In a particular embodiment, the memory 106 includes a request module 118 that is executable by the processing logic 104 to receive a request for a video stream, such as an Internet Group Management Protocol (IGMP) join request, from a set-top box device, or other destination device of the video distribution network. The network device 102 can be adapted to receive the request directly from the destination device via one of the links coupled to the network device 102. Alternatively, the request can originate from the destination device and the network device 102 can be adapted to receive the request from a digital subscriber line access multiplexer (DSLAM), central office (CO), other edge system, or other entity of the video distribution network.

In response to the request, the request module 118 can be executable by the processing logic 104 to determine a current real-time video traffic load corresponding to each physical interface associated with the link aggregation group through which the request was received. For example, if the request is received via a link associated with the first link aggregation group 124, the request module 118 can be executable by the processing logic 104 to determine a current video traffic load at each of the first plurality of physical interfaces 122. In an illustrative embodiment, the request module 118 can be executable by the processing logic 104 to retrieve a video traffic load measured for each of the first plurality of physical interfaces 122 at a most recent time measurement point from the traffic load module 116. Further, the request module 118 can be executable by the processing logic 104 to retrieve from the traffic load module 116 data related to each join request and each leave request affecting data streams sent via the first plurality of physical interfaces 122 since the most recent time measurement point.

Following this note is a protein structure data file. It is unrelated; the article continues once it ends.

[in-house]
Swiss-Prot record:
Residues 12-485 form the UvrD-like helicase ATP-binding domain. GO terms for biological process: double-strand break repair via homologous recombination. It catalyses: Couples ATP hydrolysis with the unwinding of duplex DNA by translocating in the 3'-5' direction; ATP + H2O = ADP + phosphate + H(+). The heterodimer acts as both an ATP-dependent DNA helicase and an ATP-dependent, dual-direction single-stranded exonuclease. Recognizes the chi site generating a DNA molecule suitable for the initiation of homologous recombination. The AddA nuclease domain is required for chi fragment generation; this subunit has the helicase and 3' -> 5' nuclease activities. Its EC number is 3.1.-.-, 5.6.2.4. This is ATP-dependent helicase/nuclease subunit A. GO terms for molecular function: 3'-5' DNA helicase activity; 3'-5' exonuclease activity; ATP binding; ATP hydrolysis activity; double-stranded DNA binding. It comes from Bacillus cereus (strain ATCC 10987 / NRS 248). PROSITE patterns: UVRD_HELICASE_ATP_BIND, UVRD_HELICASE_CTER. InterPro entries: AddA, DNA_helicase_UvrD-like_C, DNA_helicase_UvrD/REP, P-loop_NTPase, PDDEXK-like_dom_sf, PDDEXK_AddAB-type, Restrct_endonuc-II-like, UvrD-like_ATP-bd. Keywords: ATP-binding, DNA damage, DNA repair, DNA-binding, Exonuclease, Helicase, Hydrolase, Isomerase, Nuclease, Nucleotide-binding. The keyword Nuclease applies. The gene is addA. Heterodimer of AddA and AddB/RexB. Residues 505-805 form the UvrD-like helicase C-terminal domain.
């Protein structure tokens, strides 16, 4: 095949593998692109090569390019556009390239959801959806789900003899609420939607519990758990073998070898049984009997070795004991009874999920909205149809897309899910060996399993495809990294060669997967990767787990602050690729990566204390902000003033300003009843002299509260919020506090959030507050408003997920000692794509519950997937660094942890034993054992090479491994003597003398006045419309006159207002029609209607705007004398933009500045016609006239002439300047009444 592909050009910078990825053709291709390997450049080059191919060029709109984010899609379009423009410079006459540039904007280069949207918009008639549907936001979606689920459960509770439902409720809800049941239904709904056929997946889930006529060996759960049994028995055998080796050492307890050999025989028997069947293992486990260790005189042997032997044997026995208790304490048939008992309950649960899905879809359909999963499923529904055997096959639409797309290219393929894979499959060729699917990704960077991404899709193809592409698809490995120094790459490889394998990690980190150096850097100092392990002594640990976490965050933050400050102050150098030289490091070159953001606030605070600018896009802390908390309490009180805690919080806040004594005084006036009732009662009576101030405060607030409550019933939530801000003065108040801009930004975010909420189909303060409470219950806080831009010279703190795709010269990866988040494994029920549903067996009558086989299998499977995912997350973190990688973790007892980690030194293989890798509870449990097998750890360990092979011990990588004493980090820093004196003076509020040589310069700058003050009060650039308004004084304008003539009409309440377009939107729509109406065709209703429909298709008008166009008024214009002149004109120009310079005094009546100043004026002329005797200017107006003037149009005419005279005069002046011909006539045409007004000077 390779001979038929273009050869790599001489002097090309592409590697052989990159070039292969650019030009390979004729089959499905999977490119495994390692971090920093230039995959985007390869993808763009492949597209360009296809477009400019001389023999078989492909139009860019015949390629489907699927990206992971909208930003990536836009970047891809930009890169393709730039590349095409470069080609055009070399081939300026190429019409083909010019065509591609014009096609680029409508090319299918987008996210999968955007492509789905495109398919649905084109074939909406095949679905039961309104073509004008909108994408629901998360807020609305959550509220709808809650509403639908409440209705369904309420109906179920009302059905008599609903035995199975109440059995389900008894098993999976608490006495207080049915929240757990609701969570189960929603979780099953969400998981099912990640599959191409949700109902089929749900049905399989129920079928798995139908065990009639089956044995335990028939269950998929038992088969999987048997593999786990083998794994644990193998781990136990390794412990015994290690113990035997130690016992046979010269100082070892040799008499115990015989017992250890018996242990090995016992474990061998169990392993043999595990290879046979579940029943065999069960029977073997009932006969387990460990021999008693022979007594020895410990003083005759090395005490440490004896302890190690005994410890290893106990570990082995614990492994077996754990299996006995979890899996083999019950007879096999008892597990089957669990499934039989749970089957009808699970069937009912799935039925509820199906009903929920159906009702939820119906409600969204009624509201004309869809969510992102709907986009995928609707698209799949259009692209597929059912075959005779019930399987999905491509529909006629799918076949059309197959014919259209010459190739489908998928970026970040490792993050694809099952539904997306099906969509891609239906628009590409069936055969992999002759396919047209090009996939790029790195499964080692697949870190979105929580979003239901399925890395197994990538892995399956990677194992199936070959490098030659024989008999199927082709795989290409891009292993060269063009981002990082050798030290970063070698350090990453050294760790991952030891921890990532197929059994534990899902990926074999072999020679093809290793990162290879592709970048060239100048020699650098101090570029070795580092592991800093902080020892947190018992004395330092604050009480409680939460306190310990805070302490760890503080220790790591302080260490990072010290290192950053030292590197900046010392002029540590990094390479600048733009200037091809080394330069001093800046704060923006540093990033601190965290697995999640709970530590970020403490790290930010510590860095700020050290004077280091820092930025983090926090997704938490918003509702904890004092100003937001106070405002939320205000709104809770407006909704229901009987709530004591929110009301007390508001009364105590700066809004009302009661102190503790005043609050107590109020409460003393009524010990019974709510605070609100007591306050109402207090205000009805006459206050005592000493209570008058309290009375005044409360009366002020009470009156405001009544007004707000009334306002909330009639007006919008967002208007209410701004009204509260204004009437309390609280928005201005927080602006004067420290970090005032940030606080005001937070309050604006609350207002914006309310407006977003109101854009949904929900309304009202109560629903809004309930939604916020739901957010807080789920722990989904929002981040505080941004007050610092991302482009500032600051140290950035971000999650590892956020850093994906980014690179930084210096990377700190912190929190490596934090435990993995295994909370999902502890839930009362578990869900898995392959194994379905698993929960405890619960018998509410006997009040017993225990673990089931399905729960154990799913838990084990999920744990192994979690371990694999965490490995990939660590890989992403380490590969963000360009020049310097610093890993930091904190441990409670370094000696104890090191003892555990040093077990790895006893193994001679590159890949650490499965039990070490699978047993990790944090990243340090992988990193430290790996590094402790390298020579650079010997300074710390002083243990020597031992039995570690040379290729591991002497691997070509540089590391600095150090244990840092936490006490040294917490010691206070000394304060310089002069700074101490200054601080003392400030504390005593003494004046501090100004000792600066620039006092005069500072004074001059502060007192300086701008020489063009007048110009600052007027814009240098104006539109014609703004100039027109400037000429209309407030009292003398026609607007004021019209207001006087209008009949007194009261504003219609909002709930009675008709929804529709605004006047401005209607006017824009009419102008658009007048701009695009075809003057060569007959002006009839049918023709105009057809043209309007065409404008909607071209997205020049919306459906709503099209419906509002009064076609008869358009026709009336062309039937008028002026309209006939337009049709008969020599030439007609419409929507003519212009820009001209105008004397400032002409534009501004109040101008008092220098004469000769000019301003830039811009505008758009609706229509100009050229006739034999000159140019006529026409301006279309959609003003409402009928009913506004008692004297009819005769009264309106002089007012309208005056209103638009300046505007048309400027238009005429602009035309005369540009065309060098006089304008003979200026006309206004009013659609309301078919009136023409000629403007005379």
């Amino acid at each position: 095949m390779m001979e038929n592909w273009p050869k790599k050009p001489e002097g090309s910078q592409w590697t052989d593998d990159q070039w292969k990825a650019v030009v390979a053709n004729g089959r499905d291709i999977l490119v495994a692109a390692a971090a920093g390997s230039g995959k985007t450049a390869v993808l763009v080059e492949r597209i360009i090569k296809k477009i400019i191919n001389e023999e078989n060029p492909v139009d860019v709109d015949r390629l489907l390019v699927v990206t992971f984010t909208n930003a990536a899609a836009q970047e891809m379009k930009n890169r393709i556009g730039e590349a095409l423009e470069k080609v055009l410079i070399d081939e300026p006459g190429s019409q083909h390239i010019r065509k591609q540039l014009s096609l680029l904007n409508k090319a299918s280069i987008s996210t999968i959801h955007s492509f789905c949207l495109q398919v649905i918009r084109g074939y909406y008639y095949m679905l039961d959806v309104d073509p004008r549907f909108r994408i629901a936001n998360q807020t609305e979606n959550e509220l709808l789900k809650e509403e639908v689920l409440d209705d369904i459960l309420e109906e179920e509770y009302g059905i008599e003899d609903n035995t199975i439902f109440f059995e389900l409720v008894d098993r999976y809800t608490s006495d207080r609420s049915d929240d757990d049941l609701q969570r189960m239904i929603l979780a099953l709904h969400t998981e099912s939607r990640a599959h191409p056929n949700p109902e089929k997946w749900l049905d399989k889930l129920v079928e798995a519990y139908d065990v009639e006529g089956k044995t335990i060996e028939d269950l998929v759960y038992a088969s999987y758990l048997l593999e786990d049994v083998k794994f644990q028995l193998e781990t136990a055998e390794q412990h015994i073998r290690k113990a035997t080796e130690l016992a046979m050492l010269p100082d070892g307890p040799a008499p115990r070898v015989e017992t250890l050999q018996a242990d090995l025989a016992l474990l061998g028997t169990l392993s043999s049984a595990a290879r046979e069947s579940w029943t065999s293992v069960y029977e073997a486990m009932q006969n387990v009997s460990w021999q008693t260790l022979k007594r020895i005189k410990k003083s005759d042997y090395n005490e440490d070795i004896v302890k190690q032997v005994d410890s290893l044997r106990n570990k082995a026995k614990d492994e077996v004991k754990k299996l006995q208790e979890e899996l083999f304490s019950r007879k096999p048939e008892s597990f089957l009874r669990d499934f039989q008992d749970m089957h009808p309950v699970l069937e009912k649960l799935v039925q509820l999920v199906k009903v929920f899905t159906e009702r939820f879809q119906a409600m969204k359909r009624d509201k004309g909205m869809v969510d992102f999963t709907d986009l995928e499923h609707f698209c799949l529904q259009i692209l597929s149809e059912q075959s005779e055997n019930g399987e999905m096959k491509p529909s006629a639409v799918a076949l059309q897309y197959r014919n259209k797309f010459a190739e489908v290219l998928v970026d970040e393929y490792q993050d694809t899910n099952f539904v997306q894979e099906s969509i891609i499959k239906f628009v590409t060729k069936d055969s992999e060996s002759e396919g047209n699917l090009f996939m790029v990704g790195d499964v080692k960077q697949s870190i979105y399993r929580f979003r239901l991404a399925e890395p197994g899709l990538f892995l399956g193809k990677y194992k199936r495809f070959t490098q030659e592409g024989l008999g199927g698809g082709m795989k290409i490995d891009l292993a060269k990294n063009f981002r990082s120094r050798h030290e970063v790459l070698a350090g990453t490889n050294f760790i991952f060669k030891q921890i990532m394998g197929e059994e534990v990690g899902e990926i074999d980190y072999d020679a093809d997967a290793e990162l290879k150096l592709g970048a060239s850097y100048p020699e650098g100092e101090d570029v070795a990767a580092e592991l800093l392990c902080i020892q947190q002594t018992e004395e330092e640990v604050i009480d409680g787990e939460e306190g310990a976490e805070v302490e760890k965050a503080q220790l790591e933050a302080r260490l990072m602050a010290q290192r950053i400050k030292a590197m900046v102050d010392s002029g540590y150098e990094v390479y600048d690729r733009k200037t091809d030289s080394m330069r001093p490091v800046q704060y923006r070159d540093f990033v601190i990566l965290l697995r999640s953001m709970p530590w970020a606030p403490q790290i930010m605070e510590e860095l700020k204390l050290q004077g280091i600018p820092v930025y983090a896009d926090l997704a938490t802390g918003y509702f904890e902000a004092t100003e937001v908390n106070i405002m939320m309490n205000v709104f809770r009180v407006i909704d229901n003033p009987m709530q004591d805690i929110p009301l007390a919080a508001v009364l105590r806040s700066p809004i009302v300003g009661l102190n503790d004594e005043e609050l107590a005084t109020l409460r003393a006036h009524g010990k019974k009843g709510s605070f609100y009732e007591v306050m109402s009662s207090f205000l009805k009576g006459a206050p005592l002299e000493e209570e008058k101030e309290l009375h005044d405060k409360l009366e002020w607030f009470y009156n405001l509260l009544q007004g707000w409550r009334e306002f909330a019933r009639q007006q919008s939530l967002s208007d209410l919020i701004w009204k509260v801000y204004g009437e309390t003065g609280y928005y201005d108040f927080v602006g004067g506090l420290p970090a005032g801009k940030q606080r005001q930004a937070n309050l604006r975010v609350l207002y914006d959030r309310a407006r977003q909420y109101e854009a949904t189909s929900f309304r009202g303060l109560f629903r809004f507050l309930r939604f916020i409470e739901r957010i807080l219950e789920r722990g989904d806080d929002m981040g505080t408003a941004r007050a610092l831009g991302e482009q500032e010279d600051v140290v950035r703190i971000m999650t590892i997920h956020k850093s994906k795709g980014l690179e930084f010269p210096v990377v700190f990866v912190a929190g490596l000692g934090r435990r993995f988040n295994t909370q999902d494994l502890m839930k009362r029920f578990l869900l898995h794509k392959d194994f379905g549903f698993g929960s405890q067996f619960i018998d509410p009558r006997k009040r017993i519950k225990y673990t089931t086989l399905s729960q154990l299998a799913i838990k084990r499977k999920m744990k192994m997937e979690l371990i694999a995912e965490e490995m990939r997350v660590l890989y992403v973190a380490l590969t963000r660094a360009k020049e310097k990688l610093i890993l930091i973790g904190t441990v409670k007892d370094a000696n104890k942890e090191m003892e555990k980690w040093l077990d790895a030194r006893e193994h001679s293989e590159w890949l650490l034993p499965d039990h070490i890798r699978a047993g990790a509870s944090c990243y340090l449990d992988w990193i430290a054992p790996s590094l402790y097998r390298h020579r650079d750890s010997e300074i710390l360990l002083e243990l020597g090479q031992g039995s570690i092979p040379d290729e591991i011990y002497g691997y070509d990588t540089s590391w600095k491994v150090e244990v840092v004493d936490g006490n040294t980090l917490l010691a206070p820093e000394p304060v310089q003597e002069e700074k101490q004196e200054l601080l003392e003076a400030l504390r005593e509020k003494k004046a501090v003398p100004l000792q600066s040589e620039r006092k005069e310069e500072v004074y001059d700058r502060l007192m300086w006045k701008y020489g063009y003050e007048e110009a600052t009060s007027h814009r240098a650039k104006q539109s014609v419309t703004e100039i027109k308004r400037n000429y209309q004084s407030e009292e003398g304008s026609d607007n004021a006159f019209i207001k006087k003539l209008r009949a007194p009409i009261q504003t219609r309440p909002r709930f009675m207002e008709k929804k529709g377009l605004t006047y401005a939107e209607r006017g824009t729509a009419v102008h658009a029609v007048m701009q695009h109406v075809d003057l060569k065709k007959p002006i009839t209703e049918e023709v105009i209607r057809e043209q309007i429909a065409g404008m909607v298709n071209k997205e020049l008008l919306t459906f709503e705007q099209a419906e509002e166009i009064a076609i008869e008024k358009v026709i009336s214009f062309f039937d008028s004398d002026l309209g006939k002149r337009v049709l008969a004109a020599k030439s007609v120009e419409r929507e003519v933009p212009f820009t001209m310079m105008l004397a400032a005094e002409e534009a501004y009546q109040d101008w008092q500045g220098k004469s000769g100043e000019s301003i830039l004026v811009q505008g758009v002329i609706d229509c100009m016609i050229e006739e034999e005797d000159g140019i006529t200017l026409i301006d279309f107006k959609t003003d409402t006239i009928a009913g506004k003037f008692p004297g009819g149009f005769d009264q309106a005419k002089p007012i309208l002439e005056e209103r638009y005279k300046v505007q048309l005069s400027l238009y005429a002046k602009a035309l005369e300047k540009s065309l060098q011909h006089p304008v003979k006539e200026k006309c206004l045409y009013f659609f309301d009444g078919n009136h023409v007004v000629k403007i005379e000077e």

The request module 118 can be executable by the processing logic 104 to determine the current real-time video traffic load at each of the first plurality of physical interfaces 122 by adjusting the most recent measured video traffic load for each interface to reflect each join request and each leave request affecting video streams sent via the interface since the most recent time measurement point. For instance, where the measured video traffic load at each physical interface includes a particular bit rate, the particular bit rate can be increased by a bit rate associated with each join message affecting video streams sent via the interface since the most recent time measurement point and can be decreased by a bit rate associated with each leave message received affecting video streams sent via the interface since the most recent time measurement point. An example of a formula for determining a current real-time video traffic load in response to a request for a video stream is described further with reference to FIG. 5.

In a particular embodiment, the memory 106 can include a policy module 120 that stores data indicating threshold video traffic loads. The request module 118 can be executable by the processing logic 104 to compare the video data traffic load at each of the first plurality of physical interfaces 122 with a pre-defined threshold. If video traffic loads at all of the first plurality of physical interfaces 122 exceed the pre-defined threshold, the request module 118 can be executable by the processing logic 104 to reject the request for the video stream.

If video traffic loads at one or more of the first plurality of physical interfaces 122 are lower than the pre-defined threshold, the request module 118 can be executable by the processing logic 104 to identify an interface having the lowest video traffic load. The request module 118 can be executable by the processing logic 104 to determine whether a total video traffic load, including the current video traffic load and a traffic load associated with the requested video stream, would exceed the threshold. If not, the video input/output (I/O) module 121 can be executable by the processing logic 104 to send the requested video stream via the interface having the lowest video traffic load. Otherwise, the request module 118 can be executable by the processing logic 104 to reject the request for the video stream.

In an illustrative, non-limiting embodiment, the request module 118 can determine, before rejecting the request, whether an existing stream can be dropped at one of the first plurality of physical interfaces 122, such that the video traffic load at the interface would not exceed the threshold after the new video stream is added at the interface. If no stream can be dropped at any of the interfaces such that the threshold can be satisfied, the request module 118 can be executable by the processing logic 104 to reject the request for the video stream. Otherwise, the video input/output (I/O) module 121 can be executable by the processing logic 104 to discontinue the existing video stream and send the requested video stream via the interface at which the existing stream has been dropped.